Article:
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Business Roundup

April 20, 2015 | A version of this story appeared in Volume 93, Issue 16

Univar, a chemical distributor, has acquired Key Chemical for an undisclosed sum. Based in Waxhaw, N.C., Key is one of the largest U.S. suppliers of the water fluoridation chemical fluosilicic acid. Univar says the deal boosts its position in the municipal water treatment market.

Inbra Indústrias Químicas, a Brazilian plastics additives maker, intends to spend $7.7 million to establish a plant in Orangeburg, S.C. The plant will primarily make polyvinyl chloride plasticizers.

Halocarbon Products has named David Bacon as its new CEO, effective April 28. Bacon, previously with Celanese and McKinsey & Co., will be the first CEO hired from outside Halocarbon, a 60-year-old maker of fluor­inated intermediates.

Celanese has picked Mitsui & Co. as its partner for a 1.3 million-metric-ton-per-year methanol plant that Celanese is considering for its site in Bishop, Texas. The two companies are already partners in a similar-size methanol plant now being built in Clear Lake, Texas.

Recipharm, a Swedish contract drug development firm, has acquired a minority stake in the Blacksburg, Va.-based specialty drug company Synthonics for $2 million. Additionally, Recipharm has agreed to provide Synthonics with expertise in drug development, marketing, and manufacturing in exchange for royalty payments on some of Synthonics’s compounds.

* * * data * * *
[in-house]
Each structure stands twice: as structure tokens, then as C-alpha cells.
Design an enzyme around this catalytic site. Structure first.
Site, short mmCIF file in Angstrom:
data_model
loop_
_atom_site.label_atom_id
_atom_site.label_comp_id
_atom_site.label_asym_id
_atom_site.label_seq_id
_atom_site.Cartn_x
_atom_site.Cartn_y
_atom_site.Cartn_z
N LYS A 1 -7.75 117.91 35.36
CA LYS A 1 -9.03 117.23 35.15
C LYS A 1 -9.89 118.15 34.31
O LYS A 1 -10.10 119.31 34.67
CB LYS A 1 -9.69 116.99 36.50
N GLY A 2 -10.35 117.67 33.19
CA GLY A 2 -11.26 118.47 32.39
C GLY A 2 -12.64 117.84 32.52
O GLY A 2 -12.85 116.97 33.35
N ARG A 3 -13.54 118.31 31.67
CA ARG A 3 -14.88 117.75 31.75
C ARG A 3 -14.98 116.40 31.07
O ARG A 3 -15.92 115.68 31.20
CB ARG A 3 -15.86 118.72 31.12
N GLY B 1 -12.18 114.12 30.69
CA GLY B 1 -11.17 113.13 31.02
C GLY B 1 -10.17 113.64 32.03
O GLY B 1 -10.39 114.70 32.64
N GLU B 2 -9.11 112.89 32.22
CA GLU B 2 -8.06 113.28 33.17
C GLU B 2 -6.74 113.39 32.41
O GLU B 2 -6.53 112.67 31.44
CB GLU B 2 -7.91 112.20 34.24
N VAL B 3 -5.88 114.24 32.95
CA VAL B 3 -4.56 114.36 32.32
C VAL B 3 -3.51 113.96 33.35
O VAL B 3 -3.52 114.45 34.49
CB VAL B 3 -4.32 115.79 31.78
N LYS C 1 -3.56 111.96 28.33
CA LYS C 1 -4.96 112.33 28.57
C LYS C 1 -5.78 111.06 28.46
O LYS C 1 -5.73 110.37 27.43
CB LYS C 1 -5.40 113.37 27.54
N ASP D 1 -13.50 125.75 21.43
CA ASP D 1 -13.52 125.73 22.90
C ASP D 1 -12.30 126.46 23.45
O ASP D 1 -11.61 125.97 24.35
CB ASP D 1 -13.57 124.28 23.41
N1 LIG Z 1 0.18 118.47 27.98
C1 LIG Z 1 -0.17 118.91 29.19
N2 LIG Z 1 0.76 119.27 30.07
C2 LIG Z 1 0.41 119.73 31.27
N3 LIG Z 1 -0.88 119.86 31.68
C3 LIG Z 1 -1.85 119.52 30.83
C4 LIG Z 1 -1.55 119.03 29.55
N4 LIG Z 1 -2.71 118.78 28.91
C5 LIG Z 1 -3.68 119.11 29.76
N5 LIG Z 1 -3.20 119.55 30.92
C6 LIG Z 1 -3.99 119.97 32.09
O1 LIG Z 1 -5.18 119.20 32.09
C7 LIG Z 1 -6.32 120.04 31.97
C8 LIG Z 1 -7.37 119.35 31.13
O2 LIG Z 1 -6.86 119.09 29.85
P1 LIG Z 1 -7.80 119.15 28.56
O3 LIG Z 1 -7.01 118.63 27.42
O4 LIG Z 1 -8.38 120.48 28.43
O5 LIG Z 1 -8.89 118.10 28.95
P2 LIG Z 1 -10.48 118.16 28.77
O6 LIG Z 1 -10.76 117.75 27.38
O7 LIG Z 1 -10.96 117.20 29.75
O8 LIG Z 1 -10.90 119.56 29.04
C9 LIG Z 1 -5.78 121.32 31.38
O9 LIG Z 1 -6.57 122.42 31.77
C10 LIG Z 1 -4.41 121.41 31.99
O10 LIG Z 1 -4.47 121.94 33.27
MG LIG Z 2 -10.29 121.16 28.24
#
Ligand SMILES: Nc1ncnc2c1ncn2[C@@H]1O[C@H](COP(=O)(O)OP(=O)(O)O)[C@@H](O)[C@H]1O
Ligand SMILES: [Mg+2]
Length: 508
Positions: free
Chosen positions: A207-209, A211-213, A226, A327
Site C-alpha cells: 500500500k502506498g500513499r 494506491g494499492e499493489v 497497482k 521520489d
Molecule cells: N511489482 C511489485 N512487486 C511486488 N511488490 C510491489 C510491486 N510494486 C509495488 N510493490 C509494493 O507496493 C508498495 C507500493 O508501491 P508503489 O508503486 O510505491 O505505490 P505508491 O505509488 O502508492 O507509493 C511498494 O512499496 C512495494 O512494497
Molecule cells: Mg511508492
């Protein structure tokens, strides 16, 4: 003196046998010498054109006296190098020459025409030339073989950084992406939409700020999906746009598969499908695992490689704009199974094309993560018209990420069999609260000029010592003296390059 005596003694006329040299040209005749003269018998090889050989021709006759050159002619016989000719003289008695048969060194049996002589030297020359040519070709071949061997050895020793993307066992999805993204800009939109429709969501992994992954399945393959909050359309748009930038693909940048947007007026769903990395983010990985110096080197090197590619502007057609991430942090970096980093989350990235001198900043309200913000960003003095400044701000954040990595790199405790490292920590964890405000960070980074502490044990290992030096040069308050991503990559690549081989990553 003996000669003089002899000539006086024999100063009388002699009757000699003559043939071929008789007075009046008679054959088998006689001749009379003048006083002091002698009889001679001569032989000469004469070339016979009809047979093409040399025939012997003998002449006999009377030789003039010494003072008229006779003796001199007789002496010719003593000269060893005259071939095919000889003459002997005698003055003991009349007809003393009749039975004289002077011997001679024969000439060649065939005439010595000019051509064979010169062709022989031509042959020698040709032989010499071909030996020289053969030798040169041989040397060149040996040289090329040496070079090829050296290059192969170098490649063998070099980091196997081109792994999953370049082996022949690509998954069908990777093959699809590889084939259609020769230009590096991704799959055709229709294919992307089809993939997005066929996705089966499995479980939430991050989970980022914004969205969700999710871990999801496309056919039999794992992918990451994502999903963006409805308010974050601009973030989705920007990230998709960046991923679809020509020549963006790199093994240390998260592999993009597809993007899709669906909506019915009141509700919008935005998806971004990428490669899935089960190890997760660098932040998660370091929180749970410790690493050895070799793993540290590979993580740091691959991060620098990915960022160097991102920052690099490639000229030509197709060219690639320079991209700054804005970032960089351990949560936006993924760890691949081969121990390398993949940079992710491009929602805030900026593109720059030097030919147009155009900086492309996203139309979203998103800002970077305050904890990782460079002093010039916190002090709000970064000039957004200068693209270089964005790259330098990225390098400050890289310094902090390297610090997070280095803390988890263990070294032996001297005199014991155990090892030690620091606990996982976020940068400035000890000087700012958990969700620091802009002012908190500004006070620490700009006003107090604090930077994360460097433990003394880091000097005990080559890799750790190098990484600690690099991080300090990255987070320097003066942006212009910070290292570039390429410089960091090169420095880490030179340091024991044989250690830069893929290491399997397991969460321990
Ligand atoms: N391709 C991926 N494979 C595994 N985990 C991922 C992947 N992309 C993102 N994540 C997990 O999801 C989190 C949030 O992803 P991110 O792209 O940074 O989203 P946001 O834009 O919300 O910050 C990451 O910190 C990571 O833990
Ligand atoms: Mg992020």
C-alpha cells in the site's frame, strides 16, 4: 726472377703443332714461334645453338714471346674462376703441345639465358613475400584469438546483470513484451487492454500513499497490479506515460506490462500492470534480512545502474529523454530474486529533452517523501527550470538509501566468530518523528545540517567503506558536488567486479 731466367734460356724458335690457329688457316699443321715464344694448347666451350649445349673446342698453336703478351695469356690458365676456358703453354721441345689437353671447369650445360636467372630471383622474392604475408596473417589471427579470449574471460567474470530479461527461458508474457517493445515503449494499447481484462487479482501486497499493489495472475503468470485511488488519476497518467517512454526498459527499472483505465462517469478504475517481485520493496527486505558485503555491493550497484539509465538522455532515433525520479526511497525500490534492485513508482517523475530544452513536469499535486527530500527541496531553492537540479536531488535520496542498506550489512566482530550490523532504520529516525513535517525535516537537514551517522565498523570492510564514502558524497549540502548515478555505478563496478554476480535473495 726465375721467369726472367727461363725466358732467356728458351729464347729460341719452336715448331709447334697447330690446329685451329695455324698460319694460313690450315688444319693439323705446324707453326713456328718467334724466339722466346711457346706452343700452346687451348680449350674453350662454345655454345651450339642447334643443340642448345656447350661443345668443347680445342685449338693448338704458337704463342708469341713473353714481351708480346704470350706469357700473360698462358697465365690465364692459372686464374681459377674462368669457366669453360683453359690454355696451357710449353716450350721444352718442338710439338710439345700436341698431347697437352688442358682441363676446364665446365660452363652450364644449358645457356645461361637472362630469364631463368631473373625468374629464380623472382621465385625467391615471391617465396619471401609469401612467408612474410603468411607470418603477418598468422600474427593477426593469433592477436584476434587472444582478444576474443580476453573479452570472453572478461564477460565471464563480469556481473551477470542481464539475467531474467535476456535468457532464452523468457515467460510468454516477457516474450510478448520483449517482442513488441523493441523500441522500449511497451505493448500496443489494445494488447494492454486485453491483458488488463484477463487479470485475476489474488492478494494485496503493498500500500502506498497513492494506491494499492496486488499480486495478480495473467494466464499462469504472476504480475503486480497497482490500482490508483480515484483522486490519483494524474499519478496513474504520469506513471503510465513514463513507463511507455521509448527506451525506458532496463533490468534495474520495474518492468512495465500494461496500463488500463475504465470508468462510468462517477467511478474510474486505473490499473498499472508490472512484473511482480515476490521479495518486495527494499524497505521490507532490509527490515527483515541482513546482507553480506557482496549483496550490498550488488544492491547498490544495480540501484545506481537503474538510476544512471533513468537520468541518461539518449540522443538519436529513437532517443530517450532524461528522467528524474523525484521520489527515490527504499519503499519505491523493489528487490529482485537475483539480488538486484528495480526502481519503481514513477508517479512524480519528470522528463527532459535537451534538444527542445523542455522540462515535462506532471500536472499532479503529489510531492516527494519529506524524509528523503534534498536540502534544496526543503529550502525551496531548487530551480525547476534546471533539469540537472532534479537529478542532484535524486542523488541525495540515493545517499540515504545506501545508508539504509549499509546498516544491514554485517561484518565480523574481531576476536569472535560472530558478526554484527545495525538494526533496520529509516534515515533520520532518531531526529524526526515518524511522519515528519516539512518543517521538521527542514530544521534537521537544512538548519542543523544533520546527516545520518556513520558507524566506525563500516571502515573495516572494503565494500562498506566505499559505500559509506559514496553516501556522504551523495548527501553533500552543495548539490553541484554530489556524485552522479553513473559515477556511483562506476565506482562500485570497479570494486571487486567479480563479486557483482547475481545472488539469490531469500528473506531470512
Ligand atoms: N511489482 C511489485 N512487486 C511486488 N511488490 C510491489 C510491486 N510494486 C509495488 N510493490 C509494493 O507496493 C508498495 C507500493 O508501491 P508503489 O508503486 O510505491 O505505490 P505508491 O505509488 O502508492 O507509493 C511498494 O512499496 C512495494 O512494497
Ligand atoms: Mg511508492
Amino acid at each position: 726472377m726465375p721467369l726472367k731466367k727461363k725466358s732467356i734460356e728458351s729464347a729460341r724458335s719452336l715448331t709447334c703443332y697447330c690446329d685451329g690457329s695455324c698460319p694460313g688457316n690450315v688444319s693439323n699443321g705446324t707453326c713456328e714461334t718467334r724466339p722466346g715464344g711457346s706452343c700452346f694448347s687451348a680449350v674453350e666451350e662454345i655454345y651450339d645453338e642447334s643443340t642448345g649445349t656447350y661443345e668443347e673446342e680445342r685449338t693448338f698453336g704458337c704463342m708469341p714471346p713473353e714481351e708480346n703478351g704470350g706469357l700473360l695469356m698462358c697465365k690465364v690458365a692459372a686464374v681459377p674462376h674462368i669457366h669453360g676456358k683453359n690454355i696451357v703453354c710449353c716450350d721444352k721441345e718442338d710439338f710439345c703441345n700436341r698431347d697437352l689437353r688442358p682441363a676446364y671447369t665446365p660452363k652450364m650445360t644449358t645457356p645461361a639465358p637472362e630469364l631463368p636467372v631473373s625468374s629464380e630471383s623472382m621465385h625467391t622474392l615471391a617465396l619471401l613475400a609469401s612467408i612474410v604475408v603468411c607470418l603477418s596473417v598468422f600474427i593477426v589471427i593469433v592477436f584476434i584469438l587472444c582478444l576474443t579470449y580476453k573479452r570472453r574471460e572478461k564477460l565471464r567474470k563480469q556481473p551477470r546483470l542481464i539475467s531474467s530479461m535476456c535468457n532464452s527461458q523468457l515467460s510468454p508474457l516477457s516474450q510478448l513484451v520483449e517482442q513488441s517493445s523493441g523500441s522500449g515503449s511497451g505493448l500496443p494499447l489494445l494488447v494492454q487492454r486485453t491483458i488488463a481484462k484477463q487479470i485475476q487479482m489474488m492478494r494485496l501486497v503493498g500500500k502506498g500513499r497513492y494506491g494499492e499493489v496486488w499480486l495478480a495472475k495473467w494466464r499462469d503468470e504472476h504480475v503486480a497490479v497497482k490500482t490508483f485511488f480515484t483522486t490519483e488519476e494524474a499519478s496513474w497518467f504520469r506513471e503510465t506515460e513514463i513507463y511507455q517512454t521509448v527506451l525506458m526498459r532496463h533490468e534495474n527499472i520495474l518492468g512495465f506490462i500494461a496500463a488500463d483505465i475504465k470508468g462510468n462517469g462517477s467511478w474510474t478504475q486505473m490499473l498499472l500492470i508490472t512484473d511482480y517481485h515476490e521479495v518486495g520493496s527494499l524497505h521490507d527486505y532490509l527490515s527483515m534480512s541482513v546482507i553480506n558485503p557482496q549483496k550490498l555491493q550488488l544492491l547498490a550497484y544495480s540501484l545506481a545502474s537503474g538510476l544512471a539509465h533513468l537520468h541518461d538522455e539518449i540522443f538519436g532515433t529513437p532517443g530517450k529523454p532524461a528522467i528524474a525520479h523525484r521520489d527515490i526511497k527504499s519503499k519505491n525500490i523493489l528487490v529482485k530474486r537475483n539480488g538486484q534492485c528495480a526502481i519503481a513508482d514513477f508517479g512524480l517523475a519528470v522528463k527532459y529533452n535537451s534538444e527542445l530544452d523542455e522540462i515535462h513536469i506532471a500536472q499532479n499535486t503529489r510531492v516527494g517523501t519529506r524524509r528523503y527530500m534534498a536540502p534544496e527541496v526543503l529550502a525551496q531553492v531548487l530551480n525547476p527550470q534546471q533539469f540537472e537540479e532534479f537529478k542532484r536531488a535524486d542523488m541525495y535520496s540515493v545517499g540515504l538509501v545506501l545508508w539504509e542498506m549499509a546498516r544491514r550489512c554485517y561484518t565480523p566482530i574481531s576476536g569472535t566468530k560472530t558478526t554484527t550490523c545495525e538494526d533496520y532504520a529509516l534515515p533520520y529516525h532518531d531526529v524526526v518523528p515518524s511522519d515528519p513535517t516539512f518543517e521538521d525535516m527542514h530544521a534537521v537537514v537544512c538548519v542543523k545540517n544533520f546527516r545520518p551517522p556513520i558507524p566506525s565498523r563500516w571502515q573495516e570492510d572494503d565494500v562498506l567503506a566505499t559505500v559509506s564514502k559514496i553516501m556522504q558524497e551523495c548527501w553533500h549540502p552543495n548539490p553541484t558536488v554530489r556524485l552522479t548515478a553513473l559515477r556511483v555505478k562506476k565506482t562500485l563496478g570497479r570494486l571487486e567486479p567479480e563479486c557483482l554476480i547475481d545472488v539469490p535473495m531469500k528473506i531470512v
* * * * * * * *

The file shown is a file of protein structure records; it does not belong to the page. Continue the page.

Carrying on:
Boehringer Ingelheim will work with Cambridge, Mass.-based Hydra Biosciences to identify small-molecule inhibitors of transient receptor potential (TRP) channels for chronic kidney disease and other disorders. Last year, the two firms joined to work on TRP inhibitors for central nervous system disorders.

AstraZeneca has signed a five-year pact that provides access to the patient network PatientsLikeMe. AstraZeneca wants to use patient-reported data to help determine what drugs to develop. PatientsLikeMe has more than 325,000 members who contribute real-world data on their diseases.

Roche has acquired CAPP Medical, a two-year-old firm founded by Stanford University oncologists that is developing noninvasive cancer detection technology using next-generation DNA sequencing.Roche says the technology may be cost-effective compared with today’s positron emission and computed tomography imaging.



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